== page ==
1987: I took a couple of classes in the first half of the summer. Math grad students were required to demonstrate reading proficiency in two foreign languages (the options were French, German, and Russian). The two French classes I took my senior year of college placed me in the second half of French for Reading, which went well enough. I also took a course in Probability Theory, in part to get me back on track for dropping a course in the spring.

A couple of years ago I wrote about an early July foray to Chicago with John. He reminded me this weekend that on our way back to Urbana from that trip on I-57, we witnessed any number of cities’ firework displays (it was July 4 weekend, after all). Since it was my Summer of Suzy V, he recalled the dubbed cassette containing her first two albums was playing on my ’86 Camry’s tape deck as we watched the parade of pyrotechnics heading south.

1988: In the spring I’d taken the first Russian for Reading course. Since I didn’t have any summer teaching duties and wouldn’t be dealing with prelim exams until January, I took Professor Hill, the Russian instructor, up on an offer: if I could translate two page-long mathematical passages sufficiently well in a timed setting (dictionary allowed), he would certify I didn’t need to take the second course. I spent a few weeks practicing–I picked a few books off the shelf in the math library, photocopied a page or three from each, and then, with trusty Russian-to-English dictionary in hand, powered through them. Imagine my shock when I got the two passages from Comrade Hill (as my officemates and I had semi-affectionately taken to calling him) and discovered that one of them was a page I’d already worked on in my practice sessions! It has to be the most similar thing I’ll ever experience to winning the lottery. The greatest stroke of luck was in choosing the book; I imagine that its spine had some degree of “memory” from having been opened wide previously (by Professor Hill?), making it more likely I’d get the ‘right’ page. I didn’t let on to him about my fortune (nor did I tell anyone in the math program)–I just accepted the passing mark. Preparation meeting opportunity, indeed.

This was a memorably hot summer, the hottest of my years in C-U, but that didn’t stop John and me from getting out to the golf course frequently. It was the year I recorded my personal best 18-hole score (45 on the front, 40 on the back, and yes, I still have the scorecard).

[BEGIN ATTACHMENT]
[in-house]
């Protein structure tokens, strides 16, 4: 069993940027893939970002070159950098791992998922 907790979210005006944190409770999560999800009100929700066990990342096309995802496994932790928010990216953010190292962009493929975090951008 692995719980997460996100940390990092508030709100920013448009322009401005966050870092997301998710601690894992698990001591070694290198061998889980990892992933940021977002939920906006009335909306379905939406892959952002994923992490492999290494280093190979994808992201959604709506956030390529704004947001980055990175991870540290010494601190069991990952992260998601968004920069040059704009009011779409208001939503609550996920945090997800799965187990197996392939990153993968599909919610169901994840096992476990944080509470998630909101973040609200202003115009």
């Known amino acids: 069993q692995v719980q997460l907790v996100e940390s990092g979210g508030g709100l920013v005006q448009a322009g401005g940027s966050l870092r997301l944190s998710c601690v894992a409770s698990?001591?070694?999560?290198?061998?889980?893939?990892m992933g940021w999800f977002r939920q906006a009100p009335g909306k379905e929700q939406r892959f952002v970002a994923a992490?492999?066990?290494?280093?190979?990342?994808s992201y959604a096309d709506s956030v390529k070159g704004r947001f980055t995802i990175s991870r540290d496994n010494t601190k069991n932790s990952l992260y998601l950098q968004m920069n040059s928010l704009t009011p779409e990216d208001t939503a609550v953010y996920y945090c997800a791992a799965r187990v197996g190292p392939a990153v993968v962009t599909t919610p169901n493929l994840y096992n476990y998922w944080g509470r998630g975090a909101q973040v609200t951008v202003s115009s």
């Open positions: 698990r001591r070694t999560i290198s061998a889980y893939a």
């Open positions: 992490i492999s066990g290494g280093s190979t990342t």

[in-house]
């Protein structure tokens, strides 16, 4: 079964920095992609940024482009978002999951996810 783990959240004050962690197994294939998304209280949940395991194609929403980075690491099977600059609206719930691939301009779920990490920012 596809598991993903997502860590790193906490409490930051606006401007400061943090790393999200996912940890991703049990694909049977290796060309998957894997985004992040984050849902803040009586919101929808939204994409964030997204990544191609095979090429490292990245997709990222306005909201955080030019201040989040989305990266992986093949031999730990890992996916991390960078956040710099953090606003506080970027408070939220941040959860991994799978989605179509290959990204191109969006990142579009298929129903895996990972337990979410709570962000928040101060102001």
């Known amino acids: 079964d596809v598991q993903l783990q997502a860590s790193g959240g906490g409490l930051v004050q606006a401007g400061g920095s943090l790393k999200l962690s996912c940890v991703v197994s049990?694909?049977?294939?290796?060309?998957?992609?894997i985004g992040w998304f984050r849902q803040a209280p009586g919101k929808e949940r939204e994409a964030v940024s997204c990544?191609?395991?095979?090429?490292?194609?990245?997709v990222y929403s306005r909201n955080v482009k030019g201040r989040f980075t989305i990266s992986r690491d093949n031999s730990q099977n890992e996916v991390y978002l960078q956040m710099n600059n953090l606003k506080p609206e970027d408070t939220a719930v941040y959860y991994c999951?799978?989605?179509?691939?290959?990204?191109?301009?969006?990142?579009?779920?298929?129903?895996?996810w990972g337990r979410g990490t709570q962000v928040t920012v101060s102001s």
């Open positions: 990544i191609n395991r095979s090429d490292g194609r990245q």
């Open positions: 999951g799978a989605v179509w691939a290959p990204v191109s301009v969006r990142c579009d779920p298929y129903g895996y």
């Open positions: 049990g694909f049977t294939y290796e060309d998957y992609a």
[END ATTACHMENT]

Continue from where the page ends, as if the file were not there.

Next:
Union, the debut disk from Toni Childs, was one of many albums getting frequent play at that moment.

1989: In many ways, the lost summer of these years, treading water as I prepared to transition to reading papers with Bruce. Two years ago, I covered much of what went down that summer: playing math camp counselor, getting back into bridge, trips east and west. (There was plenty of golf, too.) When I was in the apartment, I was giving Blind Man’s Zoo more than the occasional spin.

1990: I’ve revisited this summer plenty enough, too: witnessing baseball history in Boston before tending to some bridge business, making the first bits on progress on dissertation research. John got married and settled back into Chicago life; in August I moved into a one-bedroom apartment and was hanging out at Sunday afternoon “barbecues” with relatively new friends.

Kirsty MacColl’s Kite was easily the album I was listening to most then.

1991: Thirty years ago this week I was in Vegas for the first time, with Mark L, Milind, and Chris, as we tried again–unsuccessfully–to win the Flight C (non-Life Master) Grand National Teams at the summer North American Bridge Championships. We stayed in a little hotel on the Strip called Westward Ho, just behind the Circus Circus and across from the Riviera. While I had some minor success at low stakes blackjack tables, I was pleased not to be bitten by the gambling bug. Had the biggest airplane ride scare of my life on the return, somewhere in Iowa: the pilot pulled up suddenly and rapidly out of descent when we were pretty close to touchdown, to circle around and try again. Clearly, I lived to tell.

More about that summer next week, but it was another Season of MacColl, as Electric Landlady had been released in late June. This is not the T-Rex/Violent Femmes song; Kirsty wrote it with Johnny Marr, and has something else entirely in mind.

1992: I didn’t defend my dissertation until late June (on my father’s birthday), but defend I did. A LOT of time that summer was spent in the car, back and forth between IL and KY as I began planning to move back for my new job, and to Canada for another bridge trip. I was listening to pop radio while on the road a little more than usual then, and invariably cranked it when Sophie B. came on.

From time to time, I think about the possibility of spending a few weeks in Champaign-Urbana, most likely during a summer break. (Nostalgia, as you know, is clearly a thing in my life.) One of the larger obstacles to doing so would be figuring out the logistics of living arrangements–could I feasibly find a UofI faculty member who’s going to be out of town for an extended period willing to ‘rent’ to a late-period mathematician and his wife? What about our house?

Maybe it’s a dream that won’t come, perhaps shouldn’t come, to fruition. After all, deeper reflection makes me aware that maybe 90% of what made C-U summers so memorable and enjoyable, so treasured now, were my friends.